This overview of project blog posts resulting from the Good Markets research project is a selection from all blog posts on the Moral Markets platform.
by Johan Graafland | 19 Feb 2019
Just published: Johan Graafland (2019). "Economic freedom and corporate environmental responsibility: The role of small government and freedom from government regulation." In: Journal of Cleaner Production, volume 218, 1 May 2019, Pages 250-258.
Modernity, especially the free market, has liberated Western man. But does it also offer a good answer to the question of the good life? Not necessarily, because the free market may also be dehumanizing.
"The idea of ‘good corporate citizenship’ has become popular recently among business ethicists and corporate leaders. You may have noticed its appearance on corporate websites and CEO speeches. But what does it mean and does it matter? Is it any more than a new species of public relations flimflam to set beside terms like ‘corporate social responsibility’ and the ‘triple bottom line’? Is it just a metaphor?"
by Jordan Ballor | 26 Sep 2018
"So-called identity politics can be both an authentic form of personal expression as well as a force for division and enmity. As identity politics increasingly manifests in our economic life, we encounter the danger of identity economics, where we only agree to economic transactions with those who agree with us on an ever-growing list of moral or even political shibboleths."
Social Ecology and the Market Economy: Revisiting the Threefold Foundations of a Flourishing Society
by Jordan BallorPublic Discourse (Journal of the Witherspoon Institute) | 22 Aug 2018
A full vision of the social structures of human flourishing must include three elements: the economic, political, and moral-cultural, so Jordan Ballor - researcher in the project 'What Good Markets are Good for' - argues in this essay.
by Ilse Oosterlaken | 20 Jan 2018
What economist and business ethicist Johan Graafland likes about The Theory of Moral Sentiments (1759) by philosopher and economist Adam Smith, is that it displays an enormous understanding of human nature and that he makes you reconsider your point of view times and again. A book interview.
by Govert Buijs | 11 Jan 2018
"A much greater risk, it seems to me, is that all kinds of much needed discussions about the structure of our economy, which have gained traction in recent years, will come to a halt again. In which sectors can the free market work well, and in which not? In the financial sector? In the health care sector? In the food sector? And under what conditions?"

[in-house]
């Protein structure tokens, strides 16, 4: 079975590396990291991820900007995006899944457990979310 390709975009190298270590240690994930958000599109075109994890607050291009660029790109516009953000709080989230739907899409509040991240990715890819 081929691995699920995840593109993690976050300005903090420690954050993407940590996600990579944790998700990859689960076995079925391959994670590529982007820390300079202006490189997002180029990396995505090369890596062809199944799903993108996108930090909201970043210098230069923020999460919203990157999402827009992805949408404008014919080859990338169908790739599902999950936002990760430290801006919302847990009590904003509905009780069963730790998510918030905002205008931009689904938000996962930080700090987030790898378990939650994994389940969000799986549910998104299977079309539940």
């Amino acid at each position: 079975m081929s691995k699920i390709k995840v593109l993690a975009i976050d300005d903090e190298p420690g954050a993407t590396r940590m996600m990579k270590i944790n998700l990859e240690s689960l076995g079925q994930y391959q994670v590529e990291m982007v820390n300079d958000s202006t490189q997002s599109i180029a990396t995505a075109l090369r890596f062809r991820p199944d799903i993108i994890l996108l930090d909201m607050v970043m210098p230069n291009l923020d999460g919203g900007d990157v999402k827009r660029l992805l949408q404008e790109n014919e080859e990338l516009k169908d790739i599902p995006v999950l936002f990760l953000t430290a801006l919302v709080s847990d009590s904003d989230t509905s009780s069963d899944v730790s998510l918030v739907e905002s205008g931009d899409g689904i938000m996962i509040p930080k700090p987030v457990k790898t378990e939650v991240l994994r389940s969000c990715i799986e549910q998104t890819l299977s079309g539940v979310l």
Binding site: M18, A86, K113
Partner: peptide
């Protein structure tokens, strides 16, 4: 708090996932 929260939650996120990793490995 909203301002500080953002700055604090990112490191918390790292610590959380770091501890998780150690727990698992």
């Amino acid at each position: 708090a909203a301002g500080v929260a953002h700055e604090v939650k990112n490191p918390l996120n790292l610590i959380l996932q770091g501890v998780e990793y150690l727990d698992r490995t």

by Lans Bovenberg | 18 Dec 2017
The case for free trade is often based on the view that man is a rational and individualistic homo economicus. This article analyzes free trade from a broader, relational picture of mankind. After introducing this view, we discuss the blessings of free trade from this relational perspective. Next we explore three developments that put international trade under pressure. We investigate a number of policy options to prevent free trade from impairing interpersonal relationships.
by Ilse Oosterlaken | 26 Sep 2017
Economist Lans Bovenberg recognizes the passion for his field that (historical) economist Luigino Bruni displays in his book The Wound and the Blessing; Economics, Relationships and Happiness (2012) - and shares his vision that the market is an important social infrastructure for human co-operation. A book interview.
by Marcel Canoy | 16 Aug 2017
Ding-dong. In the left corner we have the great champion Adam Smith, assisted by his charming assistant Deirdre McCloskey. In the right-hand corner his vile challenger Bernard Mandeville, accompanied by leftist groups shouting ‘boo!’ The fight can begin. Mandeville...
by Govert Buijs | 4 Aug 2017
The free market economy is a moral success, says Govert Buijs. But neoliberal thoughts and practices pose a threat to the "cooperative creativity" that is the basis of this success.
by Ilse Oosterlaken | 31 Jul 2017
Theologian Jordan Ballor admires the thorough way in which economist Wilhelm Röpke thinks key concepts through in A Humane Economy; The Social Framework of the Free Market (1960) - and explains why Röpke's work appeals to people from diverse economic and political schools. A book interview.